When I was first diagnosed with Multiple Sclerosis, I thought it was the end of my ability to live a normal life. MS simply opened a new chapter
in my life. Besides my wife Dorothy, art is the most important thing to me. When I paint, I am not disabled…I am an artist. Art gives me reason
and purpose. I am inspired to continue to paint when I see the reaction and emotion drawn from someone who has seen the beauty of life
through one of my paintings.
My path to becoming an artist was not originally part of my lifelong plan. Upon graduation from High School, my art teacher recognized my art
ability. Because of her encouragement and her recommendation; I was awarded a full scholarship to the School of Visual Arts in New York
City. I attended and graduated from the School of Visual Arts majoring in fine arts. I studied the masters, and I am still inspired by their works.
During the last five years, I adapted to physical changes due to Multiple Sclerosis. Unable to paint with my natural right hand, I retrained myself
to paint with my unnatural left hand. The transition from right handed painting to left handed painting creates looseness in my watercolor
paintings that appear impressionistic.
|My earlier paintings were more defined. In the past several years, I developed a tremor in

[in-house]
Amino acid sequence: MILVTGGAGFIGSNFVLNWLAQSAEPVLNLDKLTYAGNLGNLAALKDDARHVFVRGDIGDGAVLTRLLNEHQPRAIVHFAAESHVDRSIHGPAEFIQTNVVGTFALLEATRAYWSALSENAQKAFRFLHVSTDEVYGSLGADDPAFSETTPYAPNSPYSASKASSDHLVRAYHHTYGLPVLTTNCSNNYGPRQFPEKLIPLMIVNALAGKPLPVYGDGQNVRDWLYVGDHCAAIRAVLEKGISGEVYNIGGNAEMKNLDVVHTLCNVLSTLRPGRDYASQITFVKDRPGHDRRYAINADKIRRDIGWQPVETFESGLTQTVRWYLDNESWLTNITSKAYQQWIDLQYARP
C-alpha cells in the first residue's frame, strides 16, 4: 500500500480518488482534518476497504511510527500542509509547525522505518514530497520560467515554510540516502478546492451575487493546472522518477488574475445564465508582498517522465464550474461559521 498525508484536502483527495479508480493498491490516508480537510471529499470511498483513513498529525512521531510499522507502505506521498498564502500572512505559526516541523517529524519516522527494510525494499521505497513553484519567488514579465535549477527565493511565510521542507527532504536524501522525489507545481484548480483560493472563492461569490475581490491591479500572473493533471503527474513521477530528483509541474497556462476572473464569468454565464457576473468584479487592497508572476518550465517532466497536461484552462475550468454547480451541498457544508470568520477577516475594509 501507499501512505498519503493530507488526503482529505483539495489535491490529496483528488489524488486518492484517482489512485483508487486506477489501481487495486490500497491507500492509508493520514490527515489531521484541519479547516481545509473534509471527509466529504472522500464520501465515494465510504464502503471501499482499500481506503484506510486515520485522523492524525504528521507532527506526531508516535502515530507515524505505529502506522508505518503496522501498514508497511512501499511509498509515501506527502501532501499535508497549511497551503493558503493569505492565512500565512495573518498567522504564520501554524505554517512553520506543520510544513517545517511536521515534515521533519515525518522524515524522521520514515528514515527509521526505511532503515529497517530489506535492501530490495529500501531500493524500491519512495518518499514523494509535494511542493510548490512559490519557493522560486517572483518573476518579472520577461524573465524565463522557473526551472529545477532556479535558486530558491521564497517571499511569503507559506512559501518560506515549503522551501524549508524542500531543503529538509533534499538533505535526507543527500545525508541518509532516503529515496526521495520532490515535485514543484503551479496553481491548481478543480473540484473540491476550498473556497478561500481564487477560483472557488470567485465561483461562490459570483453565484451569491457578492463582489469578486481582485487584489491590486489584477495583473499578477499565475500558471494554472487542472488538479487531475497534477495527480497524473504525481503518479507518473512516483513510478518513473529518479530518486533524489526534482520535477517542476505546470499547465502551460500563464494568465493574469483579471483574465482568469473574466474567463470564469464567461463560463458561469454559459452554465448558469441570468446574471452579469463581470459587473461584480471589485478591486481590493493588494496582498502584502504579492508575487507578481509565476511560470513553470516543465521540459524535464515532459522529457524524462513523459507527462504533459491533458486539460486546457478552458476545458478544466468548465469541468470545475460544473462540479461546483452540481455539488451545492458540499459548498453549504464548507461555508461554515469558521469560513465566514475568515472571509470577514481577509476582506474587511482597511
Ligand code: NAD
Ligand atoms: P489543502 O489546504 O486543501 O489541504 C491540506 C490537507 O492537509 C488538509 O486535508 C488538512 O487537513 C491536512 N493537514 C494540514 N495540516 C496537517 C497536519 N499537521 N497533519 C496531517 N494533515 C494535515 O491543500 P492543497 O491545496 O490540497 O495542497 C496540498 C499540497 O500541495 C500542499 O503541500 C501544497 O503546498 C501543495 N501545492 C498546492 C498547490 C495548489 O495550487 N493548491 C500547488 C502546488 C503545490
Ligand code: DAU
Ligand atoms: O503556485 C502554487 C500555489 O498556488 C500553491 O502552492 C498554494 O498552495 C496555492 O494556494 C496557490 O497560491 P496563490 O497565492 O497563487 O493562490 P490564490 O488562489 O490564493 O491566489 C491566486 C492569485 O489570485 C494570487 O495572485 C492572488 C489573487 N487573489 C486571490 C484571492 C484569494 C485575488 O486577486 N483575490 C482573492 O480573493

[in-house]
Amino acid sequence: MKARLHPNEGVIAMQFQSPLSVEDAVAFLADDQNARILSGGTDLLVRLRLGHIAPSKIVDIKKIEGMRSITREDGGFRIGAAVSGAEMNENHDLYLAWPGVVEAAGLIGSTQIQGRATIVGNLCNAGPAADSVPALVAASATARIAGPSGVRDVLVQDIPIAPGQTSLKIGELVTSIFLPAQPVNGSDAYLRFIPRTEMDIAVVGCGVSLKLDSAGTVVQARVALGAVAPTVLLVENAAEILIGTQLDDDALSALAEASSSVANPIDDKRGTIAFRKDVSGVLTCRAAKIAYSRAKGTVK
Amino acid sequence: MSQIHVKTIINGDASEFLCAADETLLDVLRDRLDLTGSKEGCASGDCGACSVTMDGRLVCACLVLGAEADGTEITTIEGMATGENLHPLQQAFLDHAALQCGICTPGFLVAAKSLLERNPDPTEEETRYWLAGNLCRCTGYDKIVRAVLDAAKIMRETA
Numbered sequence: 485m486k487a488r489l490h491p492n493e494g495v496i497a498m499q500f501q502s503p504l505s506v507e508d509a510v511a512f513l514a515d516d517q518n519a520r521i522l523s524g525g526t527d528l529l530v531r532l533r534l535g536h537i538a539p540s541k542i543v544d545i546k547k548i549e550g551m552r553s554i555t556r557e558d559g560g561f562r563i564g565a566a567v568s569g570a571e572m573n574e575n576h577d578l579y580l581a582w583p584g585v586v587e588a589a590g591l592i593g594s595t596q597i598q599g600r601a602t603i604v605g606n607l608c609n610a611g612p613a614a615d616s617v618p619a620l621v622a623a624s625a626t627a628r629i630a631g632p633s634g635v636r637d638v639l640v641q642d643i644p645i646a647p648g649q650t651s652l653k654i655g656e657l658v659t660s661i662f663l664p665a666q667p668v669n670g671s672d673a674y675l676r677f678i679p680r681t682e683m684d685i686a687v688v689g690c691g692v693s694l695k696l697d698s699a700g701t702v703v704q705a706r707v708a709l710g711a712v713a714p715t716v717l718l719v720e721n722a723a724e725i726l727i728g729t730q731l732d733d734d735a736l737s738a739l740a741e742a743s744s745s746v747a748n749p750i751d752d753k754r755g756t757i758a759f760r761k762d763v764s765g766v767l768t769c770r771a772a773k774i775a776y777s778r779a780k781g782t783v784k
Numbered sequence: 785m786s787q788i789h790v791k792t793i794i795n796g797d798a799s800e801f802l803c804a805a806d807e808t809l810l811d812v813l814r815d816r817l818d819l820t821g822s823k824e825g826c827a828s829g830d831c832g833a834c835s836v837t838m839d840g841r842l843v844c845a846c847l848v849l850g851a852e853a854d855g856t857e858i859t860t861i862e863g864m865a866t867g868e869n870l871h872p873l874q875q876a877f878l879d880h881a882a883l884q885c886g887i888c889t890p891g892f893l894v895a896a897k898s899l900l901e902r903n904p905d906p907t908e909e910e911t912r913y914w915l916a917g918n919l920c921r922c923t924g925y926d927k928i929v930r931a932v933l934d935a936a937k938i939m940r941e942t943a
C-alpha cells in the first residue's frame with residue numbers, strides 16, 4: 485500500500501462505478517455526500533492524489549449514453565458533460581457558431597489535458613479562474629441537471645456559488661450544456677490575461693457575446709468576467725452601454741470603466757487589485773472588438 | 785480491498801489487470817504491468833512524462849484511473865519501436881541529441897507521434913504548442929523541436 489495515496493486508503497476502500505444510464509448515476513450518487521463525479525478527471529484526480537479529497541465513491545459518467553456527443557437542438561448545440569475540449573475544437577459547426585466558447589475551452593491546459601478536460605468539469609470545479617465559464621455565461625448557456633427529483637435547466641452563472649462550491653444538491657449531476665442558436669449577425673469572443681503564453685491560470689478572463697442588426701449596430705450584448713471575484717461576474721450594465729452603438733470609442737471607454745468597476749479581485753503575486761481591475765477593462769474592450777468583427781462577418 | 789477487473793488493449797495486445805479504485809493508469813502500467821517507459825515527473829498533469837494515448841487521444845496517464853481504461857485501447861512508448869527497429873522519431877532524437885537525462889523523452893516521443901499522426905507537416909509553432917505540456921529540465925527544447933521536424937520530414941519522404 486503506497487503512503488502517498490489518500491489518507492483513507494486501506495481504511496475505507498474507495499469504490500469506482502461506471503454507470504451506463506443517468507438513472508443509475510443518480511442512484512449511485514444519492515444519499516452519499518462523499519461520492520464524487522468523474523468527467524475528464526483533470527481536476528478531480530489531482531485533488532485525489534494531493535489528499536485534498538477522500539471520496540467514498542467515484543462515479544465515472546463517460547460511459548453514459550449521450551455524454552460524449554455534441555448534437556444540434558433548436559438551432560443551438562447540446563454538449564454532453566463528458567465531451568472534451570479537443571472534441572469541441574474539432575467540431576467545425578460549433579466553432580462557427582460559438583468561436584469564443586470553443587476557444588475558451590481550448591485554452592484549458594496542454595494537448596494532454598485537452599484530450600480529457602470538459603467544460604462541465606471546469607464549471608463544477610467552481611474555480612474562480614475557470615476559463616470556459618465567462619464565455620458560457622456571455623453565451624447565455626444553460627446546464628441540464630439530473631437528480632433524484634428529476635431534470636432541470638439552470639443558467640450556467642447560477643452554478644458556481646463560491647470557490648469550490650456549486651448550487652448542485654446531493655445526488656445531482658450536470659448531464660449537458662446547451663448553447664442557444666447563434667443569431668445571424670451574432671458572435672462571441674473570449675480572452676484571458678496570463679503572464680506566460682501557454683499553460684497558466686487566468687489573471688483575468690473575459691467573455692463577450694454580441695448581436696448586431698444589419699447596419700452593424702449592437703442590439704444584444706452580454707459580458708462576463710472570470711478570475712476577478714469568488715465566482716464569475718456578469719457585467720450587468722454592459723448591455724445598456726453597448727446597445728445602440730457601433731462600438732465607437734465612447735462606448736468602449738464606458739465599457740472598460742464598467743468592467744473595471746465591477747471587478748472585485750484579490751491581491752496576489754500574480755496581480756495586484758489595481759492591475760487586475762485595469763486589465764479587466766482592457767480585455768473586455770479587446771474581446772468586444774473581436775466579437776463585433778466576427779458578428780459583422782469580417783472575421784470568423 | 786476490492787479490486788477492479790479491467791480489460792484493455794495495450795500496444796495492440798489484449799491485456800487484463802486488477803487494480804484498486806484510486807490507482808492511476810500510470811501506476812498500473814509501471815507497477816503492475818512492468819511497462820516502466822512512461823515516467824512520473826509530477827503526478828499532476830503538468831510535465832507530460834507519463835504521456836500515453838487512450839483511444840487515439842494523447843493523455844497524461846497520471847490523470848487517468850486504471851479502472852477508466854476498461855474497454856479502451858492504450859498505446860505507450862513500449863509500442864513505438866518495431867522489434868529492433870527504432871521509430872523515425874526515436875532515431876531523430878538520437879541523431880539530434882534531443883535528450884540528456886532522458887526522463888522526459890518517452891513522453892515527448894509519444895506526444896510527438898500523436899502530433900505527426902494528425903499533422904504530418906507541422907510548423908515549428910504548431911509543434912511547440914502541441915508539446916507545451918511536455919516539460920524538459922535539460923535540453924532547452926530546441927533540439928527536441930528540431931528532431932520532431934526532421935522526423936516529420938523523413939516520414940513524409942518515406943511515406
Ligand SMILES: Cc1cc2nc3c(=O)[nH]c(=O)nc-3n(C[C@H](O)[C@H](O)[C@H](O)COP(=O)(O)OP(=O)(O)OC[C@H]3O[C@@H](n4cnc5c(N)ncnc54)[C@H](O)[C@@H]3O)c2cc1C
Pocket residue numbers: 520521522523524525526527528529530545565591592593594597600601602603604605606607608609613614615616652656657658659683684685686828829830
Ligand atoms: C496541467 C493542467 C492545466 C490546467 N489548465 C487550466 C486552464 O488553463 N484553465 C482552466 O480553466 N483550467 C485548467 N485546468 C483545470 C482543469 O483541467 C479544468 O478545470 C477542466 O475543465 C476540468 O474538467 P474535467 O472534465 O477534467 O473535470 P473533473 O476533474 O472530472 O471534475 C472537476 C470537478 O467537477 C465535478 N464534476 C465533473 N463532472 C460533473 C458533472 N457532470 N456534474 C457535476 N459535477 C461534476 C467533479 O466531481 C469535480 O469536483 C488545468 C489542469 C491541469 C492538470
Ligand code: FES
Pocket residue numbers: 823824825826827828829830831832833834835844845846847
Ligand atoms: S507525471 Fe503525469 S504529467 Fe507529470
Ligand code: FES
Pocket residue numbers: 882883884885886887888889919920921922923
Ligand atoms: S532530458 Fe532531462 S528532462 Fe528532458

my hands that at times makes holding the brush difficult. I will often alternate from left-
handedness to right-handedness when fatigue is a factor. So in actuality, my artwork has
made a transformation of an impressionistic nature that I am quite satisfied with.
How has art transformed me? I really never thought about it until I received an invitation
to the “Transformation International Juried Exhibit for Artists with Disabilities” at the
John F. Kennedy Performing Arts Center in Washington D.C.. Art has enabled me to see
with my heart. I paint not only with my brush, watercolors, and canvas but with what I
feel inside…that’s my most important instrument.
I would be a different person had I not become disabled. Perhaps I would have excelled in
something physical, pushing my body to its limits. But what makes me come alive is
challenging my creative ability, and thanks to art, I really like who I am today. Art has
transformed me into so much more than someone with a disability. Art has given me
wings to fly…. And I use these wings to soar through myimagination, to create a moment
in time on my canvas.
In July, 2002, an enabling garden for physically challenged gardeners was dedicated in my
name. The creation of the garden was made possible by a generous grant from the Berlex
Drug Company, and a program called "Champions of Courage". Volunteers of the Floyd
Bennett Garden Association in Brooklyn New York worked tirelessly to complete the
construction of the garden.
View the opening ceremony and dedication of the wheelchair accessible garden by clicking on the sign that adorns the entrance to the garden for gardeners with special